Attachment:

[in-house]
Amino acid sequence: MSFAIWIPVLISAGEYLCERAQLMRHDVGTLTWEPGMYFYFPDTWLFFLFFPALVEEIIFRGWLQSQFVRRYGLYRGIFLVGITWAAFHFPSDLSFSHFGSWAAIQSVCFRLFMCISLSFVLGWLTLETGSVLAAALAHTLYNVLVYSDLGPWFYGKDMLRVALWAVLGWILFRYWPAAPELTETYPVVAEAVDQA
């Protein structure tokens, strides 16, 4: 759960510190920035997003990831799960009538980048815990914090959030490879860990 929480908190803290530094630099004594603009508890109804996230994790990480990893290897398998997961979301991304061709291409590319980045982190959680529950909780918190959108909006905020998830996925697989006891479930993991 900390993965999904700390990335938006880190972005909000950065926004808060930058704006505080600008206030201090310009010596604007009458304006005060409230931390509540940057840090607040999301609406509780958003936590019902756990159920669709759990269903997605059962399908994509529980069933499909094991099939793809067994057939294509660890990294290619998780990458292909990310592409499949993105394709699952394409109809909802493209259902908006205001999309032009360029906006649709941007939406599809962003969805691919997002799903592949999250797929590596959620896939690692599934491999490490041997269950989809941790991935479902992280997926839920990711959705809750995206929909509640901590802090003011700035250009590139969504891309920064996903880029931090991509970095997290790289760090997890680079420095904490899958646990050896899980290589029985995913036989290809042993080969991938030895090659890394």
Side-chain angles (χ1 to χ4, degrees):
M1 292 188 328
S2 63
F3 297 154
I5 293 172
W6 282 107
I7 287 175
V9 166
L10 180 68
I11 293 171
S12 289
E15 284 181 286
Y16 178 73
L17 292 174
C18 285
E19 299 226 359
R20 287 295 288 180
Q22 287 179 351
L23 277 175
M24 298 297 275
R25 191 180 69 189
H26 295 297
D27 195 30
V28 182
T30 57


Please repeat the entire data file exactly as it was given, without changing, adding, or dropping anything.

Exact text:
[in-house]
Amino acid sequence: MSFAIWIPVLISAGEYLCERAQLMRHDVGTLTWEPGMYFYFPDTWLFFLFFPALVEEIIFRGWLQSQFVRRYGLYRGIFLVGITWAAFHFPSDLSFSHFGSWAAIQSVCFRLFMCISLSFVLGWLTLETGSVLAAALAHTLYNVLVYSDLGPWFYGKDMLRVALWAVLGWILFRYWPAAPELTETYPVVAEAVDQA
């Protein structure tokens, strides 16, 4: 759960510190920035997003990831799960009538980048815990914090959030490879860990 929480908190803290530094630099004594603009508890109804996230994790990480990893290897398998997961979301991304061709291409590319980045982190959680529950909780918190959108909006905020998830996925697989006891479930993991 900390993965999904700390990335938006880190972005909000950065926004808060930058704006505080600008206030201090310009010596604007009458304006005060409230931390509540940057840090607040999301609406509780958003936590019902756990159920669709759990269903997605059962399908994509529980069933499909094991099939793809067994057939294509660890990294290619998780990458292909990310592409499949993105394709699952394409109809909802493209259902908006205001999309032009360029906006649709941007939406599809962003969805691919997002799903592949999250797929590596959620896939690692599934491999490490041997269950989809941790991935479902992280997926839920990711959705809750995206929909509640901590802090003011700035250009590139969504891309920064996903880029931090991509970095997290790289760090997890680079420095904490899958646990050896899980290589029985995913036989290809042993080969991938030895090659890394």
Side-chain angles (χ1 to χ4, degrees):
M1 292 188 328
S2 63
F3 297 154
I5 293 172
W6 282 107
I7 287 175
V9 166
L10 180 68
I11 293 171
S12 289
E15 284 181 286
Y16 178 73
L17 292 174
C18 285
E19 299 226 359
R20 287 295 288 180
Q22 287 179 351
L23 277 175
M24 298 297 275
R25 191 180 69 189
H26 295 297
D27 195 30
V28 182
T30 57